The benefits of writing about yoga are tremendous, both for us as yoga teachers and for others as readers/practitioners. Writing is also one of the four strategies for yoga teachers to enhance their income. So, keep writing and never stop writing. Refer to these great resources below before you write.

1. Planning/Researching

To write about something, you need to have ideas or some forms of references. Head on to these sites, and for sure you will leave with plenty of ideas and inspirations about what to write.

2. Writing

To convert ideas and thoughts into words, it requires time and effort. If you love to have some powerful help, check out these tools to become much more efficient in writing as a yoga teacher. Another thing to consider is the content type or format. It could be a long-form in-depth online article, an infographic design, a PDF, an e-book for download. It all depends on what you write and who your audience is.

3. Distribution of content

Lots of people spend most of their time to write contents, but ignore the content distribution part. If you are happy that this content is only for you and your circle of friends, it is fine. However, if your contents are great, is it better to share them with more people?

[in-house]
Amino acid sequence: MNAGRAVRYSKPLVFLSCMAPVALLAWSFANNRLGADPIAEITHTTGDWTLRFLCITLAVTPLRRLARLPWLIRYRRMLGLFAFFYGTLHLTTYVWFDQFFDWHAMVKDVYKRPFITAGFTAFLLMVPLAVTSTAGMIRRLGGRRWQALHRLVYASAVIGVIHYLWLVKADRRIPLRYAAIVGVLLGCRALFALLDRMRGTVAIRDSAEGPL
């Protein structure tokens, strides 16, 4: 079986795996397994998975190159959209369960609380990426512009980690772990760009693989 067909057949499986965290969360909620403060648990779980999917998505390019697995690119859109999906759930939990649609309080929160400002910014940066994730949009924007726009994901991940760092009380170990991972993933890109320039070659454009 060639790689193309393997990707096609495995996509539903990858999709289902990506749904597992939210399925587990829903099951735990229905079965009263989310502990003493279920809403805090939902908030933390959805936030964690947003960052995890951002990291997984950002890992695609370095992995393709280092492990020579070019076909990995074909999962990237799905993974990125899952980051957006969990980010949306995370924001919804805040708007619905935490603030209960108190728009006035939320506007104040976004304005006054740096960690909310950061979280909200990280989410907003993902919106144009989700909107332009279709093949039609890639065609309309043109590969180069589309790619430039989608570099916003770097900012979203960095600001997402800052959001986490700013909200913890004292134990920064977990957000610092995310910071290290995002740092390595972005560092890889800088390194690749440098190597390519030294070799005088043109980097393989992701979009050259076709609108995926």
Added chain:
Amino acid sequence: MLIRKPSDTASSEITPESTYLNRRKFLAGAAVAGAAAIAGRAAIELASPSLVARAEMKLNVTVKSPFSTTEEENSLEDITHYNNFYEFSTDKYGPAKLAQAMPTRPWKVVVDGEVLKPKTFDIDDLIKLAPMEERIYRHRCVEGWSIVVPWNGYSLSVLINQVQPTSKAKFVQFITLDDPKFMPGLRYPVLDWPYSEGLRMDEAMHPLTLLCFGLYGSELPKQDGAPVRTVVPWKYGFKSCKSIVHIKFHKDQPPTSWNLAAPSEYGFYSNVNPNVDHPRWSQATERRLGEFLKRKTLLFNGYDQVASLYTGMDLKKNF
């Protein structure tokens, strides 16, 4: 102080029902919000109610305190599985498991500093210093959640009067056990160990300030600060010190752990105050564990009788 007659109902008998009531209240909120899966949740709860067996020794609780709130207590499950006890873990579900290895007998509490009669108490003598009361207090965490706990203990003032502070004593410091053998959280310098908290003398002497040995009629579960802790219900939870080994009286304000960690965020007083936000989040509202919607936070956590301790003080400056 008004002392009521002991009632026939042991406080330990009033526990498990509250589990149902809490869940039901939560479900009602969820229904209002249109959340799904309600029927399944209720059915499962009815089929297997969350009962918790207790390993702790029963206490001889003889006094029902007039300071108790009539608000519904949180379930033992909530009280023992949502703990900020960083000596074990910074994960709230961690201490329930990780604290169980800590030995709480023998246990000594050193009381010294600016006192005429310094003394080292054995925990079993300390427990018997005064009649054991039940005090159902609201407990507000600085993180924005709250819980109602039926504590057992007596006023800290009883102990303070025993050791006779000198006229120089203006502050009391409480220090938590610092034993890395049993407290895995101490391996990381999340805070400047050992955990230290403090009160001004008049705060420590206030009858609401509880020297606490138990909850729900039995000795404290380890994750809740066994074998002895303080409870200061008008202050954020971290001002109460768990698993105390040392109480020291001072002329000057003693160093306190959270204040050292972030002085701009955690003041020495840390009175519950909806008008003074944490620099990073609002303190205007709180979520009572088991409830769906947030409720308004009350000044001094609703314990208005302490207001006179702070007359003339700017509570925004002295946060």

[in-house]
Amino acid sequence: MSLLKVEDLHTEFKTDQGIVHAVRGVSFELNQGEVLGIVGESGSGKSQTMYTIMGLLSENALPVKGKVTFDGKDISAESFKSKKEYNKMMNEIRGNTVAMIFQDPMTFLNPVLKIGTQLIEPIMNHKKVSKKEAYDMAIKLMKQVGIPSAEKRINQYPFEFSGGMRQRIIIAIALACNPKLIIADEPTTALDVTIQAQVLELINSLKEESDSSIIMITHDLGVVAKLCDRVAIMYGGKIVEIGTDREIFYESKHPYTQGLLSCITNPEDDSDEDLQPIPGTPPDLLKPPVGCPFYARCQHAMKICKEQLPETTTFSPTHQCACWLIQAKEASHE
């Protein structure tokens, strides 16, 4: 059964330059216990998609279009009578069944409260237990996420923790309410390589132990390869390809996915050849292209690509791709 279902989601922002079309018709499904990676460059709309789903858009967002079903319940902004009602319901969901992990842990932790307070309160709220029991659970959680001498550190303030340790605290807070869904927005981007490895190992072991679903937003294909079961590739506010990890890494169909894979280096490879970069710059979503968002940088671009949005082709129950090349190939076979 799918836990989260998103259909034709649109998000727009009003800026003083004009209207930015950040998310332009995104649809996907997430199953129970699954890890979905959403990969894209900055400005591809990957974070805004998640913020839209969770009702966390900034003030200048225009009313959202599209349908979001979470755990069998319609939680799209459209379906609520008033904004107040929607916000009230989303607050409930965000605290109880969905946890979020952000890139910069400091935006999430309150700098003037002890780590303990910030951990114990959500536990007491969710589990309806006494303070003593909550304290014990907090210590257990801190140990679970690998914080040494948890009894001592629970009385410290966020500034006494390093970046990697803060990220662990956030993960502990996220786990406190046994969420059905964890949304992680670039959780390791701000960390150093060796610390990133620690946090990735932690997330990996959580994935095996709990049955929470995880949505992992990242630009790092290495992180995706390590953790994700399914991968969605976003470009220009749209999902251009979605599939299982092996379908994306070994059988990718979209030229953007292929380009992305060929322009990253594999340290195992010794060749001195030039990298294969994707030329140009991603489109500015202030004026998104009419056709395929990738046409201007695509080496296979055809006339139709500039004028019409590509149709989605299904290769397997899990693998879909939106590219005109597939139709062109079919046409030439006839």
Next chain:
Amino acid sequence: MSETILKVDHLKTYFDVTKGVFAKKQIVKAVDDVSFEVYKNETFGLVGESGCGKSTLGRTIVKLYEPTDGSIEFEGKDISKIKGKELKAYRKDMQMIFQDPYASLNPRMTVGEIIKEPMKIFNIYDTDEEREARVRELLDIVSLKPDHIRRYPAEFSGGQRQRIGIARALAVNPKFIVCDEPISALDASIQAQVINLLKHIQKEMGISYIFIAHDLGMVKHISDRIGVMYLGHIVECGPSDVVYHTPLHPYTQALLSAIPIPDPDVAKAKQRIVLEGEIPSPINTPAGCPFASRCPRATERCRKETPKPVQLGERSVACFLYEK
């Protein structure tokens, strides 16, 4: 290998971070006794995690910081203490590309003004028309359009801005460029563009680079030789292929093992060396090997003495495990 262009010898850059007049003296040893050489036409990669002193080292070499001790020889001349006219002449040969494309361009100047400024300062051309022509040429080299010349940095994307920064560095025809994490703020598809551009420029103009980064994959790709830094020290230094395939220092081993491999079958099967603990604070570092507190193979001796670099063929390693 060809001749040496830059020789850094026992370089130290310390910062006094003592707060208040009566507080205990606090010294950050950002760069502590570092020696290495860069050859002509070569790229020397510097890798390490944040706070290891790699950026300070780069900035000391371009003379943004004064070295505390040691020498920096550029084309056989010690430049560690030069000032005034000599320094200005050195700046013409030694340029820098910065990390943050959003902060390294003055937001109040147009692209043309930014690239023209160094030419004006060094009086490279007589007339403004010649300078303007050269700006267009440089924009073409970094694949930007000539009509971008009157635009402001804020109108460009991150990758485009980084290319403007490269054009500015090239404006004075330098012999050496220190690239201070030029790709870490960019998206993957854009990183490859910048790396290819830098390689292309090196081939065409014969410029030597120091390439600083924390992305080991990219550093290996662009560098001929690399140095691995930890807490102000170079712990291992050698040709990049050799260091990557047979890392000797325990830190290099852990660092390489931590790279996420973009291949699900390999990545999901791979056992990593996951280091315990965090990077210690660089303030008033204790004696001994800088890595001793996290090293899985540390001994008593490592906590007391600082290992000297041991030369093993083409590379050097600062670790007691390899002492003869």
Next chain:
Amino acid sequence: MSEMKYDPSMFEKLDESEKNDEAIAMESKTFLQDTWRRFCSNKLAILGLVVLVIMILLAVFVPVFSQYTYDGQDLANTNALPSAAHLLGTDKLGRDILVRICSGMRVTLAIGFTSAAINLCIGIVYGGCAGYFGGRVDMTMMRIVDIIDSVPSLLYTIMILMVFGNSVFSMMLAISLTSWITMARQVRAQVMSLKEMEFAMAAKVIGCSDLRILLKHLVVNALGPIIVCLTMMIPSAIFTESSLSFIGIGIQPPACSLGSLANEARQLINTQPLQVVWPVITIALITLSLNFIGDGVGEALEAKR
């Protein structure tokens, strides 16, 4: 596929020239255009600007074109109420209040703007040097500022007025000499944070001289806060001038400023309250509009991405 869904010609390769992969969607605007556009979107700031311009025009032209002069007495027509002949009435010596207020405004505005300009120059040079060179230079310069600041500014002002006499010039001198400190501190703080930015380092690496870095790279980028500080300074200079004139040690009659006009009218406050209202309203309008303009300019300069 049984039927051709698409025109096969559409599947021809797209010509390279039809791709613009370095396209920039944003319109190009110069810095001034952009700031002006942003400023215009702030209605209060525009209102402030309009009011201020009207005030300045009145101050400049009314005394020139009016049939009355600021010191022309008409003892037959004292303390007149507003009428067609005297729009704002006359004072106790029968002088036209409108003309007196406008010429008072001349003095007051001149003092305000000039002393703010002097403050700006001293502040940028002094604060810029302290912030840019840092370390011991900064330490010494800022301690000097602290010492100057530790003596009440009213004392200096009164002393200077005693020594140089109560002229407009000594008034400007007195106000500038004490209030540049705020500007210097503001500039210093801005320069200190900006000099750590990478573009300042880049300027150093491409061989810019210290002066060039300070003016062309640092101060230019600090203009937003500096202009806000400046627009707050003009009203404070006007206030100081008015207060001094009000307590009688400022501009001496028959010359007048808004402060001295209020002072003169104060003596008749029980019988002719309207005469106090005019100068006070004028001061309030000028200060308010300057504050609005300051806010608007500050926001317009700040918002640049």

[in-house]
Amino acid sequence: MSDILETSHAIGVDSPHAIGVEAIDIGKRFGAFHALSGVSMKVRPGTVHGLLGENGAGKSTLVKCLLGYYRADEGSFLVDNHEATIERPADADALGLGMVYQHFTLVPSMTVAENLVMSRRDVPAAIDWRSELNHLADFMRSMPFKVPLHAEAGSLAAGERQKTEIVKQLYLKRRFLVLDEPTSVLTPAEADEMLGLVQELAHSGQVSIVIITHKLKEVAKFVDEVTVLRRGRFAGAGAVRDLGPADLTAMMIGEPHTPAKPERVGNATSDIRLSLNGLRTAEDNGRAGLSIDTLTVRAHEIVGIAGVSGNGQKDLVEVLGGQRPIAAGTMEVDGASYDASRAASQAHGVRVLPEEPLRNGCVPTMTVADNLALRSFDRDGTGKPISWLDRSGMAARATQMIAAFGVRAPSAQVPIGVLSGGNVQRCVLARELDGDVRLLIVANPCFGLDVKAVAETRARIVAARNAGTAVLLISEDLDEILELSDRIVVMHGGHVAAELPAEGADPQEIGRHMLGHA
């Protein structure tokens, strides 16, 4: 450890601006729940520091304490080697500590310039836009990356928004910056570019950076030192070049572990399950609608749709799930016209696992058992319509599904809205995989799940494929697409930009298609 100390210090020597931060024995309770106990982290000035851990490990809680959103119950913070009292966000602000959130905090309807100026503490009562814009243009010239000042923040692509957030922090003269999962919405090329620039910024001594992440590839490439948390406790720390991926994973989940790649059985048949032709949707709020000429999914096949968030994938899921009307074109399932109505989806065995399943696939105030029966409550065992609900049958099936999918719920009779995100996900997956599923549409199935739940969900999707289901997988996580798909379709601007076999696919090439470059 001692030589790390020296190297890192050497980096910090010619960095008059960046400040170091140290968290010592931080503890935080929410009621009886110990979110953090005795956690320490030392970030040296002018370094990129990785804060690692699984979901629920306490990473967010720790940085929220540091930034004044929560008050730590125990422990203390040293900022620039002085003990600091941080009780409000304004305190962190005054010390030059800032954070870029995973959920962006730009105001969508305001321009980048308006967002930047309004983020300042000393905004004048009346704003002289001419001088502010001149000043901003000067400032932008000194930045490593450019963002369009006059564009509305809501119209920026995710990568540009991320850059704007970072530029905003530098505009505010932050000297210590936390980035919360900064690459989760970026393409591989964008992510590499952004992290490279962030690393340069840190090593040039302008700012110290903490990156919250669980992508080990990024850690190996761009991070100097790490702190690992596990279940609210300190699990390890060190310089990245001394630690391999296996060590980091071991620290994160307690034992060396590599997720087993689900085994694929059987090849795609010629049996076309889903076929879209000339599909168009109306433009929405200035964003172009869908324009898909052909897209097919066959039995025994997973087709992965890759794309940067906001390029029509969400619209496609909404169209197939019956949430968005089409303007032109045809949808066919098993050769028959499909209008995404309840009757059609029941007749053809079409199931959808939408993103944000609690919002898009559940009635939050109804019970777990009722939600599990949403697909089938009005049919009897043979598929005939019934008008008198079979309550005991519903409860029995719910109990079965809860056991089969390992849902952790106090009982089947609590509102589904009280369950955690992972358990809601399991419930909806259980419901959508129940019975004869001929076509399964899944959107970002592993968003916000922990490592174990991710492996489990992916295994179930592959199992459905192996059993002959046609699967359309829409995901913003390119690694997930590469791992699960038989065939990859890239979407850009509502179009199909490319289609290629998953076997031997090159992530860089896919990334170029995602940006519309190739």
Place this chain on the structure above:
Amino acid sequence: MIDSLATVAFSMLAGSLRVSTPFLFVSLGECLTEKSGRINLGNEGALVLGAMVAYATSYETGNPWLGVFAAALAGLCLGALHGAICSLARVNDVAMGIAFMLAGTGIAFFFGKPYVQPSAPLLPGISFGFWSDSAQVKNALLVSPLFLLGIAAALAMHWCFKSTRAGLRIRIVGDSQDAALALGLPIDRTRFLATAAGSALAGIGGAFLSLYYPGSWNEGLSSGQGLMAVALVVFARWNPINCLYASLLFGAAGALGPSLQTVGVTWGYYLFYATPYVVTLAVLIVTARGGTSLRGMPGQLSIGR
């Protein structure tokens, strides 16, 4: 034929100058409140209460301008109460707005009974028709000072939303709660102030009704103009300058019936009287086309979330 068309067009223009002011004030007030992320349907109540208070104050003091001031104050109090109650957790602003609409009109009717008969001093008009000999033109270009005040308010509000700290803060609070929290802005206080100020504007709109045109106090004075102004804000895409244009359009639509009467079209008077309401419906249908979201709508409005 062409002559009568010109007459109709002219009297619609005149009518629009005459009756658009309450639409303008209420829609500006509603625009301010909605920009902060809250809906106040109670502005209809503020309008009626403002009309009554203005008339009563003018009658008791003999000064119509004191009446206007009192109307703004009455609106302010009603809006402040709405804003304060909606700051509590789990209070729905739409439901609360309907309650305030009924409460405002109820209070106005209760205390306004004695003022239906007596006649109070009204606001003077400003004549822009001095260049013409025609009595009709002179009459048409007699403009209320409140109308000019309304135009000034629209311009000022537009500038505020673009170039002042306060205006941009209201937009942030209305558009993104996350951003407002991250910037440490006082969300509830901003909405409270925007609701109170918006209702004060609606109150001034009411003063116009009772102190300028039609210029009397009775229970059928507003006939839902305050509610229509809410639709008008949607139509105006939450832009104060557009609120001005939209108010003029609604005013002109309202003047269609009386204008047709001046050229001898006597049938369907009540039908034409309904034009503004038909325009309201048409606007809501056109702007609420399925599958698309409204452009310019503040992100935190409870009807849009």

So apart from your own website, your newsletter subscribers, and your social media channels, consider to reach out to these content platforms below:

  • Medium
  • LinkedIn Pulse
  • PR Newswire
  • HARO
  • HubSpot
  • ClickToTweet
  • GaggleAmp
  • AddThis
  • Mention
  • SharedCount
  • Outbrain
  • WiseStamp


1. Podcasts 

Podcast is getting so popular these days, including yoga podcasts. As a yoga teacher, you should definitely explore these free resources to learn, to grow, and to get inspired. Check out these podcasts, which will help you become a better yoga teacher.

Michelle Linane, yoga lover, teacher and student, is bringing you conversations with teachers from around the globe. Her podcast is designed to educate, inspire and help you create the yoga career of your dreams.

A smart, intellectual podcast, Yoga Talks with J. Brown, is about everything happening in the yoga world. From yoga philosophy to the business of yoga, to subjects unrelated to yoga, J and his guests always have something interesting to say. J. Brown does not shy away from the tough topics!

This podcast by Mado Hesselink shares information, support, and inspiration for yoga teachers. Topics include the business of yoga, teaching skills, philosophy, ethical and legal considerations, and more.

Ashtanga Dispatch podcast interviews respected teachers and practitioners of the Ashtanga Yoga practice.

In her podcast Amanda shares insights and interviews around the business of yoga. This podcast is a fascinating, insider look at things like starting your own yoga studio, running a teacher training, and creating a global yoga brand.

Rachal Brathan, aka Yoga Girl shares her deeply honest views about topics like motherhood, yoga and wellbeing, entrepreneurship, manifesting your dreams and much more.